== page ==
- Opted out experiences are ~35% faster
- Opted in repeat views are twice as slow as opted out
This is a very clear description of the differences between libraries and frameworks, along with the strengths and weaknesses of both.
A library is a set of building blocks that may share a common theme or work well together, but are largely independent.
A framework is a context in which someone writes their own code.
I very much agree with the conclusion:
If your framework can be a library without losing much, it probably should be.
I think this one single feature is going to get me to switch to iA Writer:
For starters, we added Micropub support. This means you can publish to Micro.blog and other IndieWeb tools.
Reef is an anti-framework.
It does a lot less than the big guys like React and Vue. It doesn’t have a Virtual DOM. It doesn’t require you to learn a custom templating syntax. It doesn’t provide a bunch of custom methods.
Reef does just one thing: render UI.
I’d watch this game show:
Welcome to the first installment of a new series on Typewolf, where I’ll be identifying the fonts used in popular things. The focus here is on anything you might encounter in contemporary visual culture—movie posters, TV shows, book covers, etc.
A treasure trove of case studies and interviews.
Science-fiction writers don’t know anything more about the future than anyone else. Human history is too unpredictable; from this moment, we could descend into a mass-extinction event or rise into an age of general prosperity. Still, if you read science fiction, you may be a little less surprised by whatever does happen. Often, science fiction traces the ramifications of a single postulated change; readers co-create, judging the writers’ plausibility and ingenuity, interrogating their theories of history. Doing this repeatedly is a kind of training. It can help you feel more oriented in the history we’re making now.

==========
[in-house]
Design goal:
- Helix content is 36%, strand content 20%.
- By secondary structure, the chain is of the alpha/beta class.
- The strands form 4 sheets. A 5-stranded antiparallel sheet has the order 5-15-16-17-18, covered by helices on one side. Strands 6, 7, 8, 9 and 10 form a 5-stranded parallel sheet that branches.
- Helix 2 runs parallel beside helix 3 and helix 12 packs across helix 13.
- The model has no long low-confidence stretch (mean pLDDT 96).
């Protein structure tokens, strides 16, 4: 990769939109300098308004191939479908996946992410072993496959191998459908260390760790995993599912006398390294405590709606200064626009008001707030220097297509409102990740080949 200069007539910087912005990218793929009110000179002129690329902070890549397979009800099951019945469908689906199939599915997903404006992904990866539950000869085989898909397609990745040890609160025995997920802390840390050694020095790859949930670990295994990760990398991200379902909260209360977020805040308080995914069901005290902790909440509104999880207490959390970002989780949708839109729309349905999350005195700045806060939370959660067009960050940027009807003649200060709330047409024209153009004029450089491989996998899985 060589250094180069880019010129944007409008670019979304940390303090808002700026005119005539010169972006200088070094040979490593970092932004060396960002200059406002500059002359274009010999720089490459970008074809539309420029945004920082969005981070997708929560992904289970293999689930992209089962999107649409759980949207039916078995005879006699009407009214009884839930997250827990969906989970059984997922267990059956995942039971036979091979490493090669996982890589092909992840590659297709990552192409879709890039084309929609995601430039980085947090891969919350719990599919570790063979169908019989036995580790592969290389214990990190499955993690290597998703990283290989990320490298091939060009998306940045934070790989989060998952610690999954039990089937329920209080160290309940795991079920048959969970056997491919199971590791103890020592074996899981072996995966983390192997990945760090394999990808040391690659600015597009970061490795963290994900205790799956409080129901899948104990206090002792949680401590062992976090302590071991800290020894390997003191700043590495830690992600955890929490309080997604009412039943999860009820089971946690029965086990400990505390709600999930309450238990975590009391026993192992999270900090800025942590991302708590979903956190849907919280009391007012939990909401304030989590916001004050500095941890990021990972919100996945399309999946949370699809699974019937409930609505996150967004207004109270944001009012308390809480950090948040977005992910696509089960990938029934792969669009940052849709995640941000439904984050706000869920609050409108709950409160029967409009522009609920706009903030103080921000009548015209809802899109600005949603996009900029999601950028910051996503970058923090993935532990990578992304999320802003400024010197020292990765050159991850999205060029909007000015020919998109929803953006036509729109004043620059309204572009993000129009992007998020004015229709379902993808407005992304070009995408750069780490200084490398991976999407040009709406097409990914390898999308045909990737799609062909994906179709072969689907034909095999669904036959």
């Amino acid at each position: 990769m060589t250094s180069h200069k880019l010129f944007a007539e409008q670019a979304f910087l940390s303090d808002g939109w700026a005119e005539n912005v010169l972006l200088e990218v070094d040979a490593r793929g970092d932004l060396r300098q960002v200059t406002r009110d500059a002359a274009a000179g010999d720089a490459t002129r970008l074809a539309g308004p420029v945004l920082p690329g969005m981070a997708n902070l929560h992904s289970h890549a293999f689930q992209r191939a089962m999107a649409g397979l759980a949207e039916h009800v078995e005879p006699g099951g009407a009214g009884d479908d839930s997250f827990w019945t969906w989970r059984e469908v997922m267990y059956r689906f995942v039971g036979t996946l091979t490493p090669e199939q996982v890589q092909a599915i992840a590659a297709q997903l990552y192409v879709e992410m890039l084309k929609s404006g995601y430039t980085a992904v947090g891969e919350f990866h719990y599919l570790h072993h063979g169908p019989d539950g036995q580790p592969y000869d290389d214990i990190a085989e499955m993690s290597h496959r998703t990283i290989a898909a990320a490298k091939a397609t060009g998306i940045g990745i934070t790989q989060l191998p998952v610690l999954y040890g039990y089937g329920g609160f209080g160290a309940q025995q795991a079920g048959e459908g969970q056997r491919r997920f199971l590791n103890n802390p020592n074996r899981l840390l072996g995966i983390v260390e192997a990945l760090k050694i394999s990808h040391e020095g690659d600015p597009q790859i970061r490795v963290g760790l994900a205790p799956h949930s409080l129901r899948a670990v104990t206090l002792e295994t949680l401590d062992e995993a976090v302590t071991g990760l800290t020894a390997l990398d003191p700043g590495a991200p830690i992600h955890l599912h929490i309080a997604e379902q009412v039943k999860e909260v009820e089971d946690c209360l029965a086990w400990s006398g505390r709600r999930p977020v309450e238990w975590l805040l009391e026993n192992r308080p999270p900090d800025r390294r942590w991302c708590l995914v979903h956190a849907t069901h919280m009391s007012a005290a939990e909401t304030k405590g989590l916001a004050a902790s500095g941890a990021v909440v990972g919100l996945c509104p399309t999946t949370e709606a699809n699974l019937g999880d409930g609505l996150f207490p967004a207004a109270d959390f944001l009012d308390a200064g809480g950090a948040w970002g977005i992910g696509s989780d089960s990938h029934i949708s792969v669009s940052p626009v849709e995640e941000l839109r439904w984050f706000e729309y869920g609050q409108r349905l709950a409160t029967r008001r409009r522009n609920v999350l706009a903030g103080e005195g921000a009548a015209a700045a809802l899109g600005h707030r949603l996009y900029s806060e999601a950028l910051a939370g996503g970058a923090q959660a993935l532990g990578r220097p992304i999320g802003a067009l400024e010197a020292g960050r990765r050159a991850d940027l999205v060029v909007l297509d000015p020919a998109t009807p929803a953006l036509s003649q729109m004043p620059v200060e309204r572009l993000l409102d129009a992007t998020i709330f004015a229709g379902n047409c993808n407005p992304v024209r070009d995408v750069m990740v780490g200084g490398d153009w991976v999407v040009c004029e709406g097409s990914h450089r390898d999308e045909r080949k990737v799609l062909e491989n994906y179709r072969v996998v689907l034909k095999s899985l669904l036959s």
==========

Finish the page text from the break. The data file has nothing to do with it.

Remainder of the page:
Kim Stanley Robinson knows the score:
Margaret Thatcher said that “there is no such thing as society,” and Ronald Reagan said that “government is not the solution to our problem; government is the problem.” These stupid slogans marked the turn away from the postwar period of reconstruction and underpin much of the bullshit of the past forty years.
‘The stakes feel higher but, with good practice, it need not be scary’ – NHS.UK design lead on responding to coronavirus | PublicTechnology.net
This isn’t the time to get precious about your favourite design and development tools. Use progressive enhancement as your philosophy. Your service might have to be accessed on old devices in hospitals with outdated tech or unsupported operating systems. HTML+CSS is your best bet to ensure that the service can be accessed in unlikely scenarios you’ve never even considered. Do you want to take that risk at a time like this? Nope, me neither.
Save the React squabbles for another time. Make it accessible and robust from day one.
This is a great case study of the excellent California COVID-19 response site. Accessibility and performance are the watchwords here.
Want to know their secret weapon?